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Author: Paul Johnson
Weidenfeld & Nicholson, London 2002


Paul Johnson is not an author who entertains any moral doubts about Napoleon. Had the events of his life occurred in the 21st century he writes that "Bonaparte would have been obliged to face a war crimes tribunal, with inevitable verdict of 'guilty' and a sentence of death or life imprisonment. The evidence then produced would have determined, for ever, in the minds of reasonable people, the degree of responsibility he bore for events that has cost four or five million lives and immense loss of property".

The revisionist, romantic, myth-making that became the Napoleonic legend would not have gathered near irreversible momentum in the age of electronic communication. The truth would out.

The book is billed as a biography and Paul Johnson as a historian but it is neither a true biography nor a history, if only because of manifest errors that can be found in stating well known facts. It is a polemical critique that relentlessly debunks the myth and which offers incisive, and frequently original, criticism in nearly every paragraph. It is the better for it. It is more like polemical journalism, which many consider Johnson's real métier, where a number of errors are acceptable in putting across a point of view. The wonder is that the publishers, in what purports to be a factual series, did not pick up the errors as a matter of course, given that there is no lack of Napoleonic source material to check against.

It is evident that Johnson has thought long and hard for years about what he detests about Bonapartism. The book flows with all the verve of a diatribe that has already been committed to memory. It is not really a biography, even a hostile one. Perhaps it is better that it is not because all biographies, even censorious ones, glamourize their subjects by placing them at the centre of attention. So why did he write it? He himself says "publishers regard a book on Napoleon as more likely to sell, by virtue of its subject alone, than any other biography". Or perhaps dream factory tales of Napoleonic gloire need rebuttal.

For Johnson, Bonaparte was a progenitor of totalitarianism and authoritarian centralisation. If Johnson is morally correct in viewing Bonaparte as a late18th century Milosevic, why did the Napoleonic legend take irrepressible hold? Surely the long perspectives of time are not devoid of corrective moral sensibility?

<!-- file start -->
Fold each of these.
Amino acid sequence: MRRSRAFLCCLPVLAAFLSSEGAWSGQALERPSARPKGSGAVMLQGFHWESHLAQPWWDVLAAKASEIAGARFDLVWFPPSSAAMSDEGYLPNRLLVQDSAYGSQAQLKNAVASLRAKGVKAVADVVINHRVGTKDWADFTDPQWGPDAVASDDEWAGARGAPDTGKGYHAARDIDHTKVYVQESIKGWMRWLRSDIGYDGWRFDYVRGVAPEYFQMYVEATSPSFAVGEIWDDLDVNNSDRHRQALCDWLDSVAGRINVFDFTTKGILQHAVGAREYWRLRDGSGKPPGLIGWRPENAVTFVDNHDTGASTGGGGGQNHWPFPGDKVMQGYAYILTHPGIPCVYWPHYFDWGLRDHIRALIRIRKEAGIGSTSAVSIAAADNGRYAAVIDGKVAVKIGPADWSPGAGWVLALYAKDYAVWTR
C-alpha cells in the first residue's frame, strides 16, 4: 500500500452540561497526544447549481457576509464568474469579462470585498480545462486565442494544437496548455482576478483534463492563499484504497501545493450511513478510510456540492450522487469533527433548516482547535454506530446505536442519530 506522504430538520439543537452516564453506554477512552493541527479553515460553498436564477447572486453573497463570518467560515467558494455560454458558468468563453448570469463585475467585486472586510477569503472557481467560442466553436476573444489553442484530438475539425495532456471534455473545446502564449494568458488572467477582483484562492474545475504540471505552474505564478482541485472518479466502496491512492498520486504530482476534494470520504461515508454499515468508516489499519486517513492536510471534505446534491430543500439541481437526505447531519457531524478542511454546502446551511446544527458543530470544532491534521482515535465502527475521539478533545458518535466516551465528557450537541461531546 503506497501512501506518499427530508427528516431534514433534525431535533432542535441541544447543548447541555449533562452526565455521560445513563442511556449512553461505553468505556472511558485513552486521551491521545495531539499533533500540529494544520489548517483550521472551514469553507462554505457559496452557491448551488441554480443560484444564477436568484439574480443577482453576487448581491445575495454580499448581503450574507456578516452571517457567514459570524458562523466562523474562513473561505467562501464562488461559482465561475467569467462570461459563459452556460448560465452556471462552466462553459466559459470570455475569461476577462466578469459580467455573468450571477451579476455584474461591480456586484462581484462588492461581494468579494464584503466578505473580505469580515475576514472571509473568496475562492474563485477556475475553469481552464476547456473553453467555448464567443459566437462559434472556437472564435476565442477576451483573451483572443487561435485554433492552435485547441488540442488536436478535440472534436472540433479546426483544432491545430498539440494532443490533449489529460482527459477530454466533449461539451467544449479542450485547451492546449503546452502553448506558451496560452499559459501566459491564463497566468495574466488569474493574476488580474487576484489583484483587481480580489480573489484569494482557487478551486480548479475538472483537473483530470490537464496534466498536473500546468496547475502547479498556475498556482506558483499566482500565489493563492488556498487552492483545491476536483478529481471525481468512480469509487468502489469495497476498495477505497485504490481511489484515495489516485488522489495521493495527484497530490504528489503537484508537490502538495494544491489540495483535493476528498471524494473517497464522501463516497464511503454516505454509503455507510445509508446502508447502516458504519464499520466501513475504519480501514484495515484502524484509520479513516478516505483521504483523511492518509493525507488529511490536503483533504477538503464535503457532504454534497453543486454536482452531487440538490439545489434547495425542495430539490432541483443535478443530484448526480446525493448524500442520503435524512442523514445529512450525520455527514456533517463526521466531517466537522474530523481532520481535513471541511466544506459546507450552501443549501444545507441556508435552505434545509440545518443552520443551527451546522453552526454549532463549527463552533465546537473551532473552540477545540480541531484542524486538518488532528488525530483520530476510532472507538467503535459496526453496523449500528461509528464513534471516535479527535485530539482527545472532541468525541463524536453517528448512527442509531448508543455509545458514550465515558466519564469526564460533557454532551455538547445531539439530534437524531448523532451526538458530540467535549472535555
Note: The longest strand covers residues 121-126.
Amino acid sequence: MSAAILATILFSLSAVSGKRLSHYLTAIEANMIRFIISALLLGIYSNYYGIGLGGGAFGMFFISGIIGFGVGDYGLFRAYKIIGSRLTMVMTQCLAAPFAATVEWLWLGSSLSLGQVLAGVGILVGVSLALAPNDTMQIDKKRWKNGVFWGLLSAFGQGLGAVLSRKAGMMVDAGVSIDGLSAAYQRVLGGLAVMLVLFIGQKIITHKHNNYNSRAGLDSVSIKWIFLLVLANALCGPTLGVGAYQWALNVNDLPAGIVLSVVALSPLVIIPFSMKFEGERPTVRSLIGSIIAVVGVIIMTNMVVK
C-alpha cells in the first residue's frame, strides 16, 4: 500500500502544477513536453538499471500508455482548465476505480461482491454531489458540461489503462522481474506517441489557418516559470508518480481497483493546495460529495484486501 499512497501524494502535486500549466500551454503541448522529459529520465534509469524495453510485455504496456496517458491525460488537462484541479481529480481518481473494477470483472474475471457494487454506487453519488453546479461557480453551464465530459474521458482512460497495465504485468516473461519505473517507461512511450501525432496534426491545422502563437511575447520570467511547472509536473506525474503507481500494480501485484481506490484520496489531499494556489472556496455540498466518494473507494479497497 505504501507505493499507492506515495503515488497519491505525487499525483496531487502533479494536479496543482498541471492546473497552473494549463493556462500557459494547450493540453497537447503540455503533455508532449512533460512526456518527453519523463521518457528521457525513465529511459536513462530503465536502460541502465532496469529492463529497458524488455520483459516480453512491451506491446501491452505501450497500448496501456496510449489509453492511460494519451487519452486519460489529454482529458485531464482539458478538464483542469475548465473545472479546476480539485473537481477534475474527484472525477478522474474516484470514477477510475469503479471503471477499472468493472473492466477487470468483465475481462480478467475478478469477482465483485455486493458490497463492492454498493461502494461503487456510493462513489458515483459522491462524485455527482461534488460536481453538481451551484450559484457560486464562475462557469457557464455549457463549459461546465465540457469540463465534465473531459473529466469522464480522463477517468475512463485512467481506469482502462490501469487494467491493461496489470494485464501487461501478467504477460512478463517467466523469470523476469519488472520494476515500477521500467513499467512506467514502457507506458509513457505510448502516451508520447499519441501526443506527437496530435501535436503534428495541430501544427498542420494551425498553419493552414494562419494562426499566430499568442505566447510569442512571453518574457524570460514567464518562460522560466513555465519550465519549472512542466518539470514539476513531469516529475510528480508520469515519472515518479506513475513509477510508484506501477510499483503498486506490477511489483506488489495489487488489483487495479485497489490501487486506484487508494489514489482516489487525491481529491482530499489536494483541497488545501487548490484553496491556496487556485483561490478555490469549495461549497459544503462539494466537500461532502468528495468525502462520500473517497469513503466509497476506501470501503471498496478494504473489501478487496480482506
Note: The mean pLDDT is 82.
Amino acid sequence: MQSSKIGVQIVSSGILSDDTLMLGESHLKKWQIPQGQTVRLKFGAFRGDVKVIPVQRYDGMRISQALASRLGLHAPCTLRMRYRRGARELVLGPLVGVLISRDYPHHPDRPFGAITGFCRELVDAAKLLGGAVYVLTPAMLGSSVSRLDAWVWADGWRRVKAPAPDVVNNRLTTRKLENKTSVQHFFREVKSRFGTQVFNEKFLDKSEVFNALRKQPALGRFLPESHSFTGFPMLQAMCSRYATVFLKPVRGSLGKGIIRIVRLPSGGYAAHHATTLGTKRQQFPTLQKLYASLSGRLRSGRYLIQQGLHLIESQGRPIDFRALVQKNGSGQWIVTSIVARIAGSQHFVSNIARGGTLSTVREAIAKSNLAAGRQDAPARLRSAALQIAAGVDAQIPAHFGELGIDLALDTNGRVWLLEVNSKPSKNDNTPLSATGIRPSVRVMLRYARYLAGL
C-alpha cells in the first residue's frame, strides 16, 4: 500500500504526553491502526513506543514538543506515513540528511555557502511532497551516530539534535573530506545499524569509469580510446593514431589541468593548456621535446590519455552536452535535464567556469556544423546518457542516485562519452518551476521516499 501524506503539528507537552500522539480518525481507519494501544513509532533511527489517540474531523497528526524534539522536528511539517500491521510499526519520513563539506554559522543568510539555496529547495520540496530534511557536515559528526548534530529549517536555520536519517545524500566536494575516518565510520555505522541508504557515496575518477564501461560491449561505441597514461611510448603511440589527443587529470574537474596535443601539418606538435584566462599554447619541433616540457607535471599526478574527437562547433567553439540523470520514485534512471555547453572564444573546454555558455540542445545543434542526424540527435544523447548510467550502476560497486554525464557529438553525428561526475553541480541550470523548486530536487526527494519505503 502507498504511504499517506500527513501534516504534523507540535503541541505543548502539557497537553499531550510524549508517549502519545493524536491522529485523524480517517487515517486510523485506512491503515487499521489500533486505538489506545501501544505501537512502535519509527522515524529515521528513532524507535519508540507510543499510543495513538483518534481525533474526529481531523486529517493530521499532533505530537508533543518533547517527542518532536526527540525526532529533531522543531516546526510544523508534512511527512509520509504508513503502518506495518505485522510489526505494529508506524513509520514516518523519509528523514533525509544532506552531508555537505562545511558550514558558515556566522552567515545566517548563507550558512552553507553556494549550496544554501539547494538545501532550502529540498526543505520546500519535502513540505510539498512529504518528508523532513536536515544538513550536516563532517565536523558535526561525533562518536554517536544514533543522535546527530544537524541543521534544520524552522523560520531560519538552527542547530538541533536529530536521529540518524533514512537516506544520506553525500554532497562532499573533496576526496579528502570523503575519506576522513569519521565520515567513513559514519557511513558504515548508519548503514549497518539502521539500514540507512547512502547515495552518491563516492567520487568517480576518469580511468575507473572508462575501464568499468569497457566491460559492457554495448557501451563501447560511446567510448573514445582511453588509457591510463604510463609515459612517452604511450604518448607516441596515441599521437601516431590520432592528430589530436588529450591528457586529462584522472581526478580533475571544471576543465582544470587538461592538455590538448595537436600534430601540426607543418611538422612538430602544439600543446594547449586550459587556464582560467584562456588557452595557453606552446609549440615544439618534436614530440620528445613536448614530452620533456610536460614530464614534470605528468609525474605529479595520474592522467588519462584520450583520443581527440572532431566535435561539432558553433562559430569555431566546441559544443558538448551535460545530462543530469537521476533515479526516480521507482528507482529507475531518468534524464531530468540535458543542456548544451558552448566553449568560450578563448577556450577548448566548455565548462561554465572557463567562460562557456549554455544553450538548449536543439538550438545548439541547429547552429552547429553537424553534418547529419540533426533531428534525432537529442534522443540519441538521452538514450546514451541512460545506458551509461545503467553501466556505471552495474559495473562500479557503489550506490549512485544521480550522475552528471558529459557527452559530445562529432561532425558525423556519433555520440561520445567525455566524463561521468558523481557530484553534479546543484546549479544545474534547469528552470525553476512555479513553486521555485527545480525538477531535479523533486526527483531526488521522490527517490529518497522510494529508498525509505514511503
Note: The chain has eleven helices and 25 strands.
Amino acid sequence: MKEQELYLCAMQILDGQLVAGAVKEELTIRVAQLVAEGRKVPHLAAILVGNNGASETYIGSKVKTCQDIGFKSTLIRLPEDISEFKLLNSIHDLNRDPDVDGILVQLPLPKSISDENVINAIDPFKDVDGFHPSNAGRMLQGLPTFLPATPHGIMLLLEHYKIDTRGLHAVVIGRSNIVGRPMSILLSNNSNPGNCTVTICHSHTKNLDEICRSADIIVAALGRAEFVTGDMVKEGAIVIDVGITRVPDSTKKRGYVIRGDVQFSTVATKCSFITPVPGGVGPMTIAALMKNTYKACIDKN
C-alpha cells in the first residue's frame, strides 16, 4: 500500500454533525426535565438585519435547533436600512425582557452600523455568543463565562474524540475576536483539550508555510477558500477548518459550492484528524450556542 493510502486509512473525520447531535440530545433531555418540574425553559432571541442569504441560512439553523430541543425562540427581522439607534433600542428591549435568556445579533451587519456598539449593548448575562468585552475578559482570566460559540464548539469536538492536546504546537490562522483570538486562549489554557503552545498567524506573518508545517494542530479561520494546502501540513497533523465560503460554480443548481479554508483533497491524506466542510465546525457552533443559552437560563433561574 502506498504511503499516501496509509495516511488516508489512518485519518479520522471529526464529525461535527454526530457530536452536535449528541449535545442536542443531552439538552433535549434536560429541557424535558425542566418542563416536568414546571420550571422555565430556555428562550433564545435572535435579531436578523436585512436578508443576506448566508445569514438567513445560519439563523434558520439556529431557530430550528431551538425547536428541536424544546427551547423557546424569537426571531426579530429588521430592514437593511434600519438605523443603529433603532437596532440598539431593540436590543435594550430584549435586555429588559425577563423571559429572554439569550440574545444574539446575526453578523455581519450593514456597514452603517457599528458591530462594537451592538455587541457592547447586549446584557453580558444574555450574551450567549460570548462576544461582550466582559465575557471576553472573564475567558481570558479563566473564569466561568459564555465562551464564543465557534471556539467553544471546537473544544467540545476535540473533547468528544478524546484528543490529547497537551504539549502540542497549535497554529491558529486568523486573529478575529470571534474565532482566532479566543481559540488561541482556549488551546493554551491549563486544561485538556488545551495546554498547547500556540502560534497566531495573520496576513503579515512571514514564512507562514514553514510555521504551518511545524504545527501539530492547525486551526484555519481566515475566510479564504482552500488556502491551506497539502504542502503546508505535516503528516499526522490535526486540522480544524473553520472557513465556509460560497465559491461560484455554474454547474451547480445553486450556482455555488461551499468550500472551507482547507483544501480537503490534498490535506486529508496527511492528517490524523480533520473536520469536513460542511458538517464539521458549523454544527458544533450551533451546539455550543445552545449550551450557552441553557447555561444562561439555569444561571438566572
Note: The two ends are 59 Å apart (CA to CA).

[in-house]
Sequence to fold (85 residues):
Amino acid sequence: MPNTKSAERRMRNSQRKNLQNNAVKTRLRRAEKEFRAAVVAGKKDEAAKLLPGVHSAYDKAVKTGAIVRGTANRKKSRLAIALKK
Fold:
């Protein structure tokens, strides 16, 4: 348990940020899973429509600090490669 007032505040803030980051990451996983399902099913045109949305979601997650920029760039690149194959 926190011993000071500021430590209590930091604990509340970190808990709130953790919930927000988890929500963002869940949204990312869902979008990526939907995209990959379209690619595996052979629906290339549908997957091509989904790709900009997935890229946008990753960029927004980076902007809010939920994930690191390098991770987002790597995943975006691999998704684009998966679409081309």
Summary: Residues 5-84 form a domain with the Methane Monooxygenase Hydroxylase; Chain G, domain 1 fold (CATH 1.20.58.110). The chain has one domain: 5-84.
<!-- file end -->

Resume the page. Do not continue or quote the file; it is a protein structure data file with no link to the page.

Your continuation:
The conventional view, which Johnson reiterates, is that history was reshaped and reprofiled by what Napoleon and his few courtiers on St Helena conspired to tell the world about his life. Johnson's further view that it suited French politics to fashion a legend is original in its succinctness.

Chips Channon wrote in his Diaries "Reformers will always finally be neglected, while the memoirs of the frivolous will always be eagerly read". In this there is the hint that reformers are ultimately boring and heavy weather.

Back-handedly, Johnson concedes Bonaparte to be a reformer: "Like many people - most people probably - who are radical and 'progressive' in general, he tended to be conservative in particular, especially on matters he thought he knew a lot about".

If the early biographies of Bonaparte, whether fashioned on St Helena or elsewhere, had merely chronicled his military exploits and his reforms, it is doubtful his legend would have grown. Looked upon in a certain light - because he did ultimately lose battles - he might be said to have had military success on a equivalent level to Marlborough. His reforming effect - principally in terms of the Code Civile and the propagation of ideas - perhaps on a par with Wilberforce. Yet no real legend has built up around either Marlborough or Wilberforce.

It is probably because biographies by close associates like Bourrienne and Constant covered the trivia as well as the great events that the legend had soil to grow in. Most of the references to Josephine clearly have a tangent to the frivolous. Napoleon is shown to be personally kind, though not financially generous, to those close to him in his household. His human qualities and intelligence are allowed to shine, displacing the elements that make him an apprenti sorcier for Johnson.

He becomes a study about how a man gains vast power through an understanding of human nature and in this there is always something for the reader to learn and to wonder at.

What of the factual errors? They are of the type that would discourage you from recommending the book to children because they would get lower marks at school if they were repeated. They range from the small - that Napoleon left Elba on a frigate and landed at Antibes or that he never returned to Corsica after 1793 - to some howlers such as the twice repeated assertion that Lucien was made King of Holland. For adults, there is not much wrong with the book at all.